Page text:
Computer Tips

Whether you are a novice or a veteran, you’ll want to learn some of the basics about computers. We offer some helpful hints to make your experience enjoyable and worry free!

Learn basic internet terms; how to use your browser; what is a PDF; how to use a pull-down menu; how to remember an Internet page; what site navigation means; and online privacy, fraud, and phishing scam cautions.

To learn more about using the DowFriends web site, please select a topic below:

How do I make the text larger?

If you are having trouble reading the text on DowFriends you can easily make the text larger by following these simple steps.

  1. Hold "Ctrl" on the bottom left of your keyboard.
  2. Use either the "+" and "-" keys (near "Backspace") or the scroll wheel on your mouse to increase or decrease the text size.

Basic Internet Terms

Web Browser

A web browser, often times shortened in name to browser, allows you to view web pages like this one. The most popular web browsers are Netscape Navigator and Internet Explorer. You are probably using one of these two right now.


This is the term used for electronic mail. It is the means by which you can send and receive messages over the Internet. It is a way to communicate professionally or personally.


FAQ is an acronym for Frequently Asked Questions.


These are the portions of a page that take you to another page. A text link is usually underlined and in a different color, often blue. By clicking on the text link you’ll be taken to another page. Graphics can be links as well, transporting you to other web pages.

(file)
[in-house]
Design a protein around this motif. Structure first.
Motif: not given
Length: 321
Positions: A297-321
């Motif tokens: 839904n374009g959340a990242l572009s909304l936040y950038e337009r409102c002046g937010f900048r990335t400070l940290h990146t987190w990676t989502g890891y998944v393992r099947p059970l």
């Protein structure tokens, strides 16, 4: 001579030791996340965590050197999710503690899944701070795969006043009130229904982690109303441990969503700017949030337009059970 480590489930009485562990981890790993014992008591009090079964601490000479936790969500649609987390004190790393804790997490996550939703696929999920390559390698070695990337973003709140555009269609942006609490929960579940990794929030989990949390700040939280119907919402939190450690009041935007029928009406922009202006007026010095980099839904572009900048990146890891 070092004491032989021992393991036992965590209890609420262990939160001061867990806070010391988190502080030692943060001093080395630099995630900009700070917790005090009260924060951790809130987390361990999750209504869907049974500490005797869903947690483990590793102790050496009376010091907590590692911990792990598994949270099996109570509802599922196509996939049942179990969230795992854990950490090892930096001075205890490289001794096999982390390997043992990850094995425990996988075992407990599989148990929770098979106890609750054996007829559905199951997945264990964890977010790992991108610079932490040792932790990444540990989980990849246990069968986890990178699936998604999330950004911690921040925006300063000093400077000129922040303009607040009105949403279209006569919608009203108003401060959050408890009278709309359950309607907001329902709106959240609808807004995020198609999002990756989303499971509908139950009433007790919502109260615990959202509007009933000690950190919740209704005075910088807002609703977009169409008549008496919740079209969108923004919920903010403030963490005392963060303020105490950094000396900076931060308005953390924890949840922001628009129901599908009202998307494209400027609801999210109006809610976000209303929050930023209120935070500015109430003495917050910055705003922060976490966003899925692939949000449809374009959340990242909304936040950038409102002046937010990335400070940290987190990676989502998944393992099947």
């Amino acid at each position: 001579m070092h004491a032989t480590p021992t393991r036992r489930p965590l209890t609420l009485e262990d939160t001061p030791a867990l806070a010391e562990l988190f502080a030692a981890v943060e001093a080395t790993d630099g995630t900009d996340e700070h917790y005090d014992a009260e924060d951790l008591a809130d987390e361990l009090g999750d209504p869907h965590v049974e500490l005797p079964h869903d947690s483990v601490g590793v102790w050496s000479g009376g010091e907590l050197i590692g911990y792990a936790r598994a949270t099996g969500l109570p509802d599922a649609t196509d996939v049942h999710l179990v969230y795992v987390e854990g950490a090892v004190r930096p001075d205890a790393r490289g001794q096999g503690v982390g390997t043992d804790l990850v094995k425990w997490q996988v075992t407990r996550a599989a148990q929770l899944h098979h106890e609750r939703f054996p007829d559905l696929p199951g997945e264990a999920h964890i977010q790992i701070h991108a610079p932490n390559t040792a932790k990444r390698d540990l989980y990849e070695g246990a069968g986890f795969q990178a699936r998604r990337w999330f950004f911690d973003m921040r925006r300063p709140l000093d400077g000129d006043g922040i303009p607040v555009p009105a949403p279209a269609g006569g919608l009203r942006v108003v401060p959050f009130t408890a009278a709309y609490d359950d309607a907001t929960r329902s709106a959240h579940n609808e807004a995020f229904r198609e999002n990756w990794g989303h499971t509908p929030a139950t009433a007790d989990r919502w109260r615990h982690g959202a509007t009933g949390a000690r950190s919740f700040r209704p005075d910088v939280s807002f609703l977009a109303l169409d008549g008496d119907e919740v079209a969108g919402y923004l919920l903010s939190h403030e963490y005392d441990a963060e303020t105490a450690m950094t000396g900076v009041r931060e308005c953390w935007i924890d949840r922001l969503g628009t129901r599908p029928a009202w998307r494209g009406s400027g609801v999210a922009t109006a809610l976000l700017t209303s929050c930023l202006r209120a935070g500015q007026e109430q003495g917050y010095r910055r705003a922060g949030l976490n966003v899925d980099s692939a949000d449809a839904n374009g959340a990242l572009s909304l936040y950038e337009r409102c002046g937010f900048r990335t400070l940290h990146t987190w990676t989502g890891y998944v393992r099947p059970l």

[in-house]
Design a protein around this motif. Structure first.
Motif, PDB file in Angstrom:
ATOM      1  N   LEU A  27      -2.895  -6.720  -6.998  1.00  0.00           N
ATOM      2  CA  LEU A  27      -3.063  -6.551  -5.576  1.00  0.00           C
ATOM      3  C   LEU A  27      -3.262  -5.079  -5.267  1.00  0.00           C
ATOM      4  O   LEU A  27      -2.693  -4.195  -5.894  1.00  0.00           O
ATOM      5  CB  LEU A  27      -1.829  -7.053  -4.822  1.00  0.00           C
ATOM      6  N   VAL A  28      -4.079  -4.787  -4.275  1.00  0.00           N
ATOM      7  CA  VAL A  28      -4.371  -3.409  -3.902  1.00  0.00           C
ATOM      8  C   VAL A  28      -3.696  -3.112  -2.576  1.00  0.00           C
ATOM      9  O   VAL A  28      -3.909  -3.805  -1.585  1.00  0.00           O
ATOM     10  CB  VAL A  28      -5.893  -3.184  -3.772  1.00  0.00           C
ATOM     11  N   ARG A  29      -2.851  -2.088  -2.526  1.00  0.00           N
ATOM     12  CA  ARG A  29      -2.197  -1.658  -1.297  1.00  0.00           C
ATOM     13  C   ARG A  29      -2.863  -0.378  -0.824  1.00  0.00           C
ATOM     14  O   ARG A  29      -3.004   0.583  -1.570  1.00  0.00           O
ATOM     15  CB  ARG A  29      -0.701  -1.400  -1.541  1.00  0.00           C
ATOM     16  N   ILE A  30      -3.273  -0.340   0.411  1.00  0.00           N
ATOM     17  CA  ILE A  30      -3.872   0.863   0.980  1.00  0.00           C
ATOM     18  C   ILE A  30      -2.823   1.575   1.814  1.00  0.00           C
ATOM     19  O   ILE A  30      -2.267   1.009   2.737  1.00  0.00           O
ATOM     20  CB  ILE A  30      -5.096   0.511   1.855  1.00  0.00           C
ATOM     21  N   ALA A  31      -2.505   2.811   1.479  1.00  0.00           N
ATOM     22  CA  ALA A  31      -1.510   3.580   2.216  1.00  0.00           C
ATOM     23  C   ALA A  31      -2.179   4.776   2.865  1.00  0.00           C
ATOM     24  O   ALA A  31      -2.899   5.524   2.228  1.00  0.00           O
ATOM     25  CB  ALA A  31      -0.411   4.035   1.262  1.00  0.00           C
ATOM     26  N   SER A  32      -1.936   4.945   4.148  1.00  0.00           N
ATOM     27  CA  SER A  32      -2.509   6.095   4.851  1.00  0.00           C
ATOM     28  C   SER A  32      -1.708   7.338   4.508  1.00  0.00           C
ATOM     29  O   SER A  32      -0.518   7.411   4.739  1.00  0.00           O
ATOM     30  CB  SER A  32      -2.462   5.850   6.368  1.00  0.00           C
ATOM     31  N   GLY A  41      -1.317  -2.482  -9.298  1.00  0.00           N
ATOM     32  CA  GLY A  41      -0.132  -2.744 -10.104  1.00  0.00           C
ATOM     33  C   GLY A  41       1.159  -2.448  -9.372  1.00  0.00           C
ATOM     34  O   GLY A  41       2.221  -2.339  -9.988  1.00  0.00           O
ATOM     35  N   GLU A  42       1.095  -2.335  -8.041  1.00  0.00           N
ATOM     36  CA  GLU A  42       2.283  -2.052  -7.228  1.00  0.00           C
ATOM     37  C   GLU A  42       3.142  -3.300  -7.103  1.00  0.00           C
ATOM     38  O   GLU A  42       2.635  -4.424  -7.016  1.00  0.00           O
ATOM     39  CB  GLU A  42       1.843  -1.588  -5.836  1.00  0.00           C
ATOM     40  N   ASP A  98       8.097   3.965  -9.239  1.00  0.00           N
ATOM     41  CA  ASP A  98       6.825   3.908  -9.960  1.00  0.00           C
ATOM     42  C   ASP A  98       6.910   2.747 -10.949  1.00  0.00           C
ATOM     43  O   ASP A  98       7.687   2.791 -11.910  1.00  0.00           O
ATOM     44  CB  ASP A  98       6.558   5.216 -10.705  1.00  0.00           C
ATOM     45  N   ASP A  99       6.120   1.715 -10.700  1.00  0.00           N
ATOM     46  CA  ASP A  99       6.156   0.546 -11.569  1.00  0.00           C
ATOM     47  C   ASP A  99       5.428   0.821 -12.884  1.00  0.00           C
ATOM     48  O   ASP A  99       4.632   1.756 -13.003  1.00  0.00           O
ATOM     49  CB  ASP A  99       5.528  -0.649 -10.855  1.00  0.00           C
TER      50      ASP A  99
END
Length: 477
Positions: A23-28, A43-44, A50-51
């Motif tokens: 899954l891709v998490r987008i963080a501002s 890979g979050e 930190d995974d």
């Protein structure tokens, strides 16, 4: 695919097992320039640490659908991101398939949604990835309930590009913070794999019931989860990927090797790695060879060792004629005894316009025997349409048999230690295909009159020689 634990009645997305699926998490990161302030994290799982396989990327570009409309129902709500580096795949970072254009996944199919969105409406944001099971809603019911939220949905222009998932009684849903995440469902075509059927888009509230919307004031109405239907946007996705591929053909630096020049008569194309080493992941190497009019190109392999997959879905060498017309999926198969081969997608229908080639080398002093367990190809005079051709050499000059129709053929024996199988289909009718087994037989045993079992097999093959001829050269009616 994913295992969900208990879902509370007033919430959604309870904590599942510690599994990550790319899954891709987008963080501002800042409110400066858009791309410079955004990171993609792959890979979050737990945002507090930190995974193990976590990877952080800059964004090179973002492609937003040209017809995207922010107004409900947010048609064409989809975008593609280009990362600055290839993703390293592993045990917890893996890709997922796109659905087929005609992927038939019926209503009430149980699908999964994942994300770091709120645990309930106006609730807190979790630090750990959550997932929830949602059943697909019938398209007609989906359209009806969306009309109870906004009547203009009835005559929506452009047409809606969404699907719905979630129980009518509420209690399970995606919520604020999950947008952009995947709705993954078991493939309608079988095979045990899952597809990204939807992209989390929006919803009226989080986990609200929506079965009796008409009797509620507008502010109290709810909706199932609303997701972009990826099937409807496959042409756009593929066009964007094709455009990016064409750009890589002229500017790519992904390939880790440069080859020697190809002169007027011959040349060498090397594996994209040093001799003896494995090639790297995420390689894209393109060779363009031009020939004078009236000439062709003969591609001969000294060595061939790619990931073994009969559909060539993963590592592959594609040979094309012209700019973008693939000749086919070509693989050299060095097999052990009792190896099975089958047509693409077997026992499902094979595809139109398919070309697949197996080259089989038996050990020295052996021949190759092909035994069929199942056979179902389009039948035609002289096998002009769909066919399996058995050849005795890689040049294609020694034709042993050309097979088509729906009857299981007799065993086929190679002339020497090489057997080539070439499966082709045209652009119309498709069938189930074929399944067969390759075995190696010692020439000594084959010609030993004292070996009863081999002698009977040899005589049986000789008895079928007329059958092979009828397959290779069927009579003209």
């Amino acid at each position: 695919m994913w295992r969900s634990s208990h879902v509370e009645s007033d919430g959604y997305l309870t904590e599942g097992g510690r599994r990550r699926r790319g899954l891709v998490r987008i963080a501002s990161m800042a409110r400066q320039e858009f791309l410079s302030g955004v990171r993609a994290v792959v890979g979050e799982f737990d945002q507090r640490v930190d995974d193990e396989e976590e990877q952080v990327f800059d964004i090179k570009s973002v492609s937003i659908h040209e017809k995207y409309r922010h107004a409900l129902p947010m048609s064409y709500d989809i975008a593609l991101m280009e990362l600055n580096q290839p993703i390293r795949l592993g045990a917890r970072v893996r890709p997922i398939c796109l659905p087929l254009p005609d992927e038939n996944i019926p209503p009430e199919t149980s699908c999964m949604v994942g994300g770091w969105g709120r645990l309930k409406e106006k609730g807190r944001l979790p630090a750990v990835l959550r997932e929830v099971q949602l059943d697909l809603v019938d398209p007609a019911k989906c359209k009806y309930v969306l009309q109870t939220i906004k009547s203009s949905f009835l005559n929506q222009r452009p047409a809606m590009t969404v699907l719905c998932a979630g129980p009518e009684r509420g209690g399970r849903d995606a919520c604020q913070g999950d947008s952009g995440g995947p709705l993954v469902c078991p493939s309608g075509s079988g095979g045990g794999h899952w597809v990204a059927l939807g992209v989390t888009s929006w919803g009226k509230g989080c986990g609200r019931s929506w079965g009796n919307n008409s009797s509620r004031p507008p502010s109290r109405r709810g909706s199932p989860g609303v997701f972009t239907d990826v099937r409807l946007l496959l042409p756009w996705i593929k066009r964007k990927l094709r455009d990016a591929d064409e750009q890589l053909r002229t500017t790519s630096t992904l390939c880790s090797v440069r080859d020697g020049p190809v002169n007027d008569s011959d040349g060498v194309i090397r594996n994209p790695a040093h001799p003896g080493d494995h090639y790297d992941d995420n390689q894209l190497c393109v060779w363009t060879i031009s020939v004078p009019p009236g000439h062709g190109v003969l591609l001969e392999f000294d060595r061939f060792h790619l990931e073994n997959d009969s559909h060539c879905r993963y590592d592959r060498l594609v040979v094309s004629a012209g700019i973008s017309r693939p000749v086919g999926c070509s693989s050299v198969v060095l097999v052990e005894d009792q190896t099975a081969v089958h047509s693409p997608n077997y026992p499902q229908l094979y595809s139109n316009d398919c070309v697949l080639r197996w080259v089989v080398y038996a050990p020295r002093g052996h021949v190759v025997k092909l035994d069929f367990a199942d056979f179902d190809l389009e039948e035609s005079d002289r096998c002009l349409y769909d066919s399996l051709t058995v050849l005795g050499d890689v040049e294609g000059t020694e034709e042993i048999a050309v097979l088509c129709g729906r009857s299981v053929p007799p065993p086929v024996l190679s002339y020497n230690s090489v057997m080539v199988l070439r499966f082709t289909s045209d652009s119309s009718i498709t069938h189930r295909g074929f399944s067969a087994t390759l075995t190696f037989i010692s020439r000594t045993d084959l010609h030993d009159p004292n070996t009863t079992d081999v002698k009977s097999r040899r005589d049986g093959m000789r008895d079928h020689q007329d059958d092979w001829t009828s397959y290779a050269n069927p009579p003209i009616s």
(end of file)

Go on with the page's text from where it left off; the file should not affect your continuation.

To look at parts of the page that are above or below what you are seeing, you can scroll using the long vertical bar at the right of your screen, or the horizontal bar at the bottom of your screen. By placing your mouse over the box and holding down the cursor you can slide the square up or down, left or right, to view more of the page. You can also view more of the page by clicking the arrows on the bar. The scroll bars are only available when there is content that is not visible on the screen.

Web Page

This is an individual page on the Internet. Every time you click on a link, you are taken to a new web page.

How to Use Your Browser


Your browser window works the same as a window in a program. You can open or close in, resize it or move it around the screen.

You can even run other programs while it is open, provided you have enough memory. It is even possible to open more than one window, by selecting "New" from the File Menu. This allows you to search on two separate topics, without loosing your results.